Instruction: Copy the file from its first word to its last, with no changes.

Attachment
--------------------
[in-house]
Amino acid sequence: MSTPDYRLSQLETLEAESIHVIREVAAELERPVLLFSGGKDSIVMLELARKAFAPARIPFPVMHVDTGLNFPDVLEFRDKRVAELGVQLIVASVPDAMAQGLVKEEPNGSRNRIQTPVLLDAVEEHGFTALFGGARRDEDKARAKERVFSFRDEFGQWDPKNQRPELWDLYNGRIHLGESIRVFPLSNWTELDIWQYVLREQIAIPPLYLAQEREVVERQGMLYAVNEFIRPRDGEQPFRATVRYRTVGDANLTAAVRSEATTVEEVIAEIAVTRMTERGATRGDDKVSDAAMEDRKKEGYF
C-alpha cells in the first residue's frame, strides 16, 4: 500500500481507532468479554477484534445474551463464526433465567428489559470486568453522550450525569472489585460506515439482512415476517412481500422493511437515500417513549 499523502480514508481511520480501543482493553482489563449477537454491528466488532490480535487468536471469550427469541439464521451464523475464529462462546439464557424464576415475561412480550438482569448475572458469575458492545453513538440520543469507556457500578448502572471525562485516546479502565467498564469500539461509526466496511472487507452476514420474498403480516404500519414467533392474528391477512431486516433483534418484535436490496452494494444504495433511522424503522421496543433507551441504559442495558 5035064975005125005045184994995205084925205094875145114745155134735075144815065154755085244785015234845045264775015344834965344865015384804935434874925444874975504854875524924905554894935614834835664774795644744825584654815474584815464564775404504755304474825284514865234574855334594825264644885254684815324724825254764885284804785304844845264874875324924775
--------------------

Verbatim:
[in-house]
Amino acid sequence: MSTPDYRLSQLETLEAESIHVIREVAAELERPVLLFSGGKDSIVMLELARKAFAPARIPFPVMHVDTGLNFPDVLEFRDKRVAELGVQLIVASVPDAMAQGLVKEEPNGSRNRIQTPVLLDAVEEHGFTALFGGARRDEDKARAKERVFSFRDEFGQWDPKNQRPELWDLYNGRIHLGESIRVFPLSNWTELDIWQYVLREQIAIPPLYLAQEREVVERQGMLYAVNEFIRPRDGEQPFRATVRYRTVGDANLTAAVRSEATTVEEVIAEIAVTRMTERGATRGDDKVSDAAMEDRKKEGYF
C-alpha cells in the first residue's frame, strides 16, 4: 500500500481507532468479554477484534445474551463464526433465567428489559470486568453522550450525569472489585460506515439482512415476517412481500422493511437515500417513549 499523502480514508481511520480501543482493553482489563449477537454491528466488532490480535487468536471469550427469541439464521451464523475464529462462546439464557424464576415475561412480550438482569448475572458469575458492545453513538440520543469507556457500578448502572471525562485516546479502565467498564469500539461509526466496511472487507452476514420474498403480516404500519414467533392474528391477512431486516433483534418484535436490496452494494444504495433511522424503522421496543433507551441504559442495558 5035064975005125005045184994995205084925205094875145114745155134735075144815065154755085244785015234845045264775015344834965344865015384804935434874925444874975504854875524924905554894935614834835664774795644744825584654815474584815464564775404504755304474825284514865234574855334594825264644885254684815324724825254764885284804785304844845264874875324924775